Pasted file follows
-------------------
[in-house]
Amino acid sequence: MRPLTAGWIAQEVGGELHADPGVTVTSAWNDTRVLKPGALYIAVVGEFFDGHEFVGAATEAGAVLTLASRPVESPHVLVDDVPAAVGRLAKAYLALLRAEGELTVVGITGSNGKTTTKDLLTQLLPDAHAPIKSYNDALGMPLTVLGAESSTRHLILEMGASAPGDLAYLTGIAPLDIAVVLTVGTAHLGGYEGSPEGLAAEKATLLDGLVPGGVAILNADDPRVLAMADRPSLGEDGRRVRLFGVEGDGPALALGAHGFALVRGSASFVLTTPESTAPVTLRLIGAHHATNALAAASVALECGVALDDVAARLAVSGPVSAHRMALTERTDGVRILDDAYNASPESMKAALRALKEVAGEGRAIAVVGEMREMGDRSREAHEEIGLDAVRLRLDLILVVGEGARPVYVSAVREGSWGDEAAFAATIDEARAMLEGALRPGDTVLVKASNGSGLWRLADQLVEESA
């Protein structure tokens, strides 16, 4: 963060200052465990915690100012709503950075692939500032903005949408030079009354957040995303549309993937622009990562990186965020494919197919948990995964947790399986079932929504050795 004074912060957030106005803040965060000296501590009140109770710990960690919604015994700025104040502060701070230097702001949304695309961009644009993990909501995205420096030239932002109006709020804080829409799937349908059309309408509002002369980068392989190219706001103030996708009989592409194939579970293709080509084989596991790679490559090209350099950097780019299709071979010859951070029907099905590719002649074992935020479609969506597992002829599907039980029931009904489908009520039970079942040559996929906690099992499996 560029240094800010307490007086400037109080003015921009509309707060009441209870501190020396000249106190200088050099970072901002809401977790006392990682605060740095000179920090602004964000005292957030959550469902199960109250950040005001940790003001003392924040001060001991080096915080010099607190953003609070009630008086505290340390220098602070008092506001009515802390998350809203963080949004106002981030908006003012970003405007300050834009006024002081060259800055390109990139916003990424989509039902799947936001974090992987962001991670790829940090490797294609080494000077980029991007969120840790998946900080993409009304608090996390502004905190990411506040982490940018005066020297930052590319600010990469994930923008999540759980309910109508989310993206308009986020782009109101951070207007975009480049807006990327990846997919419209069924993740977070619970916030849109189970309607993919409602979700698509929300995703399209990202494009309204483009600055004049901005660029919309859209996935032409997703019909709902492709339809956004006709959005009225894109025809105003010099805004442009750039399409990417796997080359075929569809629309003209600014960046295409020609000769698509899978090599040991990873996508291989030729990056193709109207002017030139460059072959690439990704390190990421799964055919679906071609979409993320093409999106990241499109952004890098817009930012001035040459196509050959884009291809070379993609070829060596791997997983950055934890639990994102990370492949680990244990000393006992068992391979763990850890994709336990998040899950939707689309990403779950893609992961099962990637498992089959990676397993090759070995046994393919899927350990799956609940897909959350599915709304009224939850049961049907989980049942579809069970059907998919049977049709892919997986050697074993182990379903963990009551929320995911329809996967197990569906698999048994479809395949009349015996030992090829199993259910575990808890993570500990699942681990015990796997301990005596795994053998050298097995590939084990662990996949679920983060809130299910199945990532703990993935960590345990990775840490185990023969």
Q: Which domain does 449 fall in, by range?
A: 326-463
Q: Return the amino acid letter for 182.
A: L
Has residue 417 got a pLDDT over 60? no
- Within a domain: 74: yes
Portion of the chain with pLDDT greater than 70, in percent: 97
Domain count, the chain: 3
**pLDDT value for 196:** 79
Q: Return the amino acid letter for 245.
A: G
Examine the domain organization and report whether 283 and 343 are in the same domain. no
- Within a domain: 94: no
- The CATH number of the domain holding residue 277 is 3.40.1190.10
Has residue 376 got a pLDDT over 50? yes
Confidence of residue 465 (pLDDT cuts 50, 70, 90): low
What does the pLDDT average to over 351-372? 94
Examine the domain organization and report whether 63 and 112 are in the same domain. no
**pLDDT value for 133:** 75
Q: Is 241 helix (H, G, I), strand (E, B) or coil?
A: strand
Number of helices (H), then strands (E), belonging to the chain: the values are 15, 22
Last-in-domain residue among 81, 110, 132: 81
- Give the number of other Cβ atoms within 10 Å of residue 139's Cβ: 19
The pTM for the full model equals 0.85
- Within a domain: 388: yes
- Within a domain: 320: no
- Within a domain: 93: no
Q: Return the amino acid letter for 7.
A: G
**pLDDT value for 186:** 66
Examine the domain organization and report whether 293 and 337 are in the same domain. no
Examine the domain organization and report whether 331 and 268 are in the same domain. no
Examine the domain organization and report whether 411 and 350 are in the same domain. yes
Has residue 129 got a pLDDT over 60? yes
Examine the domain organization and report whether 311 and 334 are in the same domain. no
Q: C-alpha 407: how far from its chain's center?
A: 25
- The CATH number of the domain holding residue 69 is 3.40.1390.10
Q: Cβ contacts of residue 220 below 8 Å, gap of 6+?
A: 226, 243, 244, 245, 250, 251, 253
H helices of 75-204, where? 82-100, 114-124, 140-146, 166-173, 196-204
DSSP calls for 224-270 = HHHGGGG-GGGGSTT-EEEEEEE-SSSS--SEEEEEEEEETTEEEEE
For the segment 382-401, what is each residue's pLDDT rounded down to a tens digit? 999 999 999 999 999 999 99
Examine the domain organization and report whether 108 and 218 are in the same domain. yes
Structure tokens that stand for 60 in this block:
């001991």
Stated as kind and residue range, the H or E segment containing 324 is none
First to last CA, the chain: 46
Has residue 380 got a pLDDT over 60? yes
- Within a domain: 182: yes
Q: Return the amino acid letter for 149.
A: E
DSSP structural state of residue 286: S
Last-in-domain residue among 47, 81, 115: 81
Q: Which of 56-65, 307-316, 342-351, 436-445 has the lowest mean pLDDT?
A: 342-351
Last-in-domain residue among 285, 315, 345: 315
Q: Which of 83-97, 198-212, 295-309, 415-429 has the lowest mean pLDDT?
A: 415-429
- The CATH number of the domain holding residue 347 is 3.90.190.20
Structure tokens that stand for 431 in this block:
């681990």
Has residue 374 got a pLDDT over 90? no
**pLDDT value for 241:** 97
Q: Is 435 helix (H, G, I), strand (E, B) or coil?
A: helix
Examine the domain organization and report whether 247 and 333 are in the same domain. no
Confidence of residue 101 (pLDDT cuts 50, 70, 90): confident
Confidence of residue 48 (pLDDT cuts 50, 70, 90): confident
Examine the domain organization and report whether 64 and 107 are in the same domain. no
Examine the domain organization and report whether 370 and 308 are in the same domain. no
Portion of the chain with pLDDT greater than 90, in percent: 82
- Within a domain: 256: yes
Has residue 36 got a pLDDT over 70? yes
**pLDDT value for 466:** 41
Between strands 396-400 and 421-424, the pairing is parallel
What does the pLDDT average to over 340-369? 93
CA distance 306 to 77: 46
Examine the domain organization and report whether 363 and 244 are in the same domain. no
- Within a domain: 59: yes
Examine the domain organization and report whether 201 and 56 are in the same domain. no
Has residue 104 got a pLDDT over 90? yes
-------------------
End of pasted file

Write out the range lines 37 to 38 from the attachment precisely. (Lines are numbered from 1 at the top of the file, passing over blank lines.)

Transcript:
Examine the domain organization and report whether 411 and 350 are in the same domain. yes
Has residue 129 got a pLDDT over 60? yes